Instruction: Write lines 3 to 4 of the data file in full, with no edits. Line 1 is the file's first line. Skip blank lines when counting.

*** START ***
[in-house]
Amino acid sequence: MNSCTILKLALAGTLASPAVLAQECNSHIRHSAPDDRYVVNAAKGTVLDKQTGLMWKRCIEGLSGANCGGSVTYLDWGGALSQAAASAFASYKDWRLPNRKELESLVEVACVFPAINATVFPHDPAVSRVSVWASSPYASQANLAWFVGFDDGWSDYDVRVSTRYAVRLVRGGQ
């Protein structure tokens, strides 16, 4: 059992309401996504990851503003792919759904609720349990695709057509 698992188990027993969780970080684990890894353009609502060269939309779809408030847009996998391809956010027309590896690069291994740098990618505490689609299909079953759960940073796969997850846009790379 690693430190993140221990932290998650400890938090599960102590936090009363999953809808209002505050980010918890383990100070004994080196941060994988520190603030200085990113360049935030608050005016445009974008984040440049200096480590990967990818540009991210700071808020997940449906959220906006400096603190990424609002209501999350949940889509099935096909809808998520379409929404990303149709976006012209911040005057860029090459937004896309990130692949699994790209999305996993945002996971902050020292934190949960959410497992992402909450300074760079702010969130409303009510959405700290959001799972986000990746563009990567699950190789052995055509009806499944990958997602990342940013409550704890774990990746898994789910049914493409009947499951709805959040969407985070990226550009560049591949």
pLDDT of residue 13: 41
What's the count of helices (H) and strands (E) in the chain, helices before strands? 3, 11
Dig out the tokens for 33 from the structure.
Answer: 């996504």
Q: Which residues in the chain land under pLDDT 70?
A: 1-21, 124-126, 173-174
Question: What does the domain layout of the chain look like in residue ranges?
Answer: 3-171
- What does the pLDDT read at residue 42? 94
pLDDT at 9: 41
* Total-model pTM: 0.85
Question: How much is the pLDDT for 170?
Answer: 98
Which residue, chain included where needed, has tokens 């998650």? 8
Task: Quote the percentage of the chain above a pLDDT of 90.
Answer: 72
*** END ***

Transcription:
């Protein structure tokens, strides 16, 4: 059992309401996504990851503003792919759904609720349990695709057509 698992188990027993969780970080684990890894353009609502060269939309779809408030847009996998391809956010027309590896690069291994740098990618505490689609299909079953759960940073796969997850846009790379 690693430190993140221990932290998650400890938090599960102590936090009363999953809808209002505050980010918890383990100070004994080196941060994988520190603030200085990113360049935030608050005016445009974008984040440049200096480590990967990818540009991210700071808020997940449906959220906006400096603190990424609002209501999350949940889509099935096909809808998520379409929404990303149709976006012209911040005057860029090459937004896309990130692949699994790209999305996993945002996971902050020292934190949960959410497992992402909450300074760079702010969130409303009510959405700290959001799972986000990746563009990567699950190789052995055509009806499944990958997602990342940013409550704890774990990746898994789910049914493409009947499951709805959040969407985070990226550009560049591949």
pLDDT of residue 13: 41